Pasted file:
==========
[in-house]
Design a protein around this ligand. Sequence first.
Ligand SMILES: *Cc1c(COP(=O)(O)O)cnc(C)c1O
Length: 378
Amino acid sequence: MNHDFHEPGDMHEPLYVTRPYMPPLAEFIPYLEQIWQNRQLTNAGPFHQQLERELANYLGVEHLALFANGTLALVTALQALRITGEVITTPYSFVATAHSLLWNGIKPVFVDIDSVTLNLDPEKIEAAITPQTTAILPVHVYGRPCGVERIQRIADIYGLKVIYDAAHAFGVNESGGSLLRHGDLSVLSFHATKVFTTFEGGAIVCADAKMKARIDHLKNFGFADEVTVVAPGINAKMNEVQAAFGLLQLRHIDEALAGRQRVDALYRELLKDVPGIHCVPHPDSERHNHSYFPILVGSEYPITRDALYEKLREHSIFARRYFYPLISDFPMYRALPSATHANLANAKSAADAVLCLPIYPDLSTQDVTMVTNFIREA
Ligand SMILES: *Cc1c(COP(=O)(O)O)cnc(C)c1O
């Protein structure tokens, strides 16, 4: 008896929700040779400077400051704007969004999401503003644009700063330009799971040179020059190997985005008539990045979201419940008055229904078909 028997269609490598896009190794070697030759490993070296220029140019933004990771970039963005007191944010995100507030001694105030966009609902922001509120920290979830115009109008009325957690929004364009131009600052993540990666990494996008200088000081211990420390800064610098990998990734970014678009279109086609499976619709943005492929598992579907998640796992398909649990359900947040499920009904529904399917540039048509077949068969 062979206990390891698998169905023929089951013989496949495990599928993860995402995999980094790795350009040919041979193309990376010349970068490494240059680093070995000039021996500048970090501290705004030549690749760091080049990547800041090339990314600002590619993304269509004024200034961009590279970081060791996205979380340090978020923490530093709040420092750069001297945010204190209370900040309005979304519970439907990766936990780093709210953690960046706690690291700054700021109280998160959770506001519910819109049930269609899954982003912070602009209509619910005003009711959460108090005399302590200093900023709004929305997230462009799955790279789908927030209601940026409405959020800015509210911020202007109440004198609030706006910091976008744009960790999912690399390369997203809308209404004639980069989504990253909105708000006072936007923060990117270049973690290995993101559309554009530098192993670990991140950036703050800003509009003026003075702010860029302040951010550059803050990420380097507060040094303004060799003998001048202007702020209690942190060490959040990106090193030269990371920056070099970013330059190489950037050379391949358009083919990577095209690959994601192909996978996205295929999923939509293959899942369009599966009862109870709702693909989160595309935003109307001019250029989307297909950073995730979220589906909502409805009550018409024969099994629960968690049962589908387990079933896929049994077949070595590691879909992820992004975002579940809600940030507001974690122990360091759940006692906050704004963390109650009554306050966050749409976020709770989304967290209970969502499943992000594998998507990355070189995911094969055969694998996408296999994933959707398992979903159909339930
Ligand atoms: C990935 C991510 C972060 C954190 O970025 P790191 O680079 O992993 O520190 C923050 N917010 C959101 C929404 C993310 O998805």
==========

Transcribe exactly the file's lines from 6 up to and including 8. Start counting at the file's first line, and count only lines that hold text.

Ligand SMILES: *Cc1c(COP(=O)(O)O)cnc(C)c1O
């Protein structure tokens, strides 16, 4: 008896929700040779400077400051704007969004999401503003644009700063330009799971040179020059190997985005008539990045979201419940008055229904078909 028997269609490598896009190794070697030759490993070296220029140019933004990771970039963005007191944010995100507030001694105030966009609902922001509120920290979830115009109008009325957690929004364009131009600052993540990666990494996008200088000081211990420390800064610098990998990734970014678009279109086609499976619709943005492929598992579907998640796992398909649990359900947040499920009904529904399917540039048509077949068969 062979206990390891698998169905023929089951013989496949495990599928993860995402995999980094790795350009040919041979193309990376010349970068490494240059680093070995000039021996500048970090501290705004030549690749760091080049990547800041090339990314600002590619993304269509004024200034961009590279970081060791996205979380340090978020923490530093709040420092750069001297945010204190209370900040309005979304519970439907990766936990780093709210953690960046706690690291700054700021109280998160959770506001519910819109049930269609899954982003912070602009209509619910005003009711959460108090005399302590200093900023709004929305997230462009799955790279789908927030209601940026409405959020800015509210911020202007109440004198609030706006910091976008744009960790999912690399390369997203809308209404004639980069989504990253909105708000006072936007923060990117270049973690290995993101559309554009530098192993670990991140950036703050800003509009003026003075702010860029302040951010550059803050990420380097507060040094303004060799003998001048202007702020209690942190060490959040990106090193030269990371920056070099970013330059190489950037050379391949358009083919990577095209690959994601192909996978996205295929999923939509293959899942369009599966009862109870709702693909989160595309935003109307001019250029989307297909950073995730979220589906909502409805009550018409024969099994629960968690049962589908387990079933896929049994077949070595590691879909992820992004975002579940809600940030507001974690122990360091759940006692906050704004963390109650009554306050966050749409976020709770989304967290209970969502499943992000594998998507990355070189995911094969055969694998996408296999994933959707398992979903159909339930
Ligand atoms: C990935 C991510 C972060 C954190 O970025 P790191 O680079 O992993 O520190 C923050 N917010 C959101 C929404 C993310 O998805």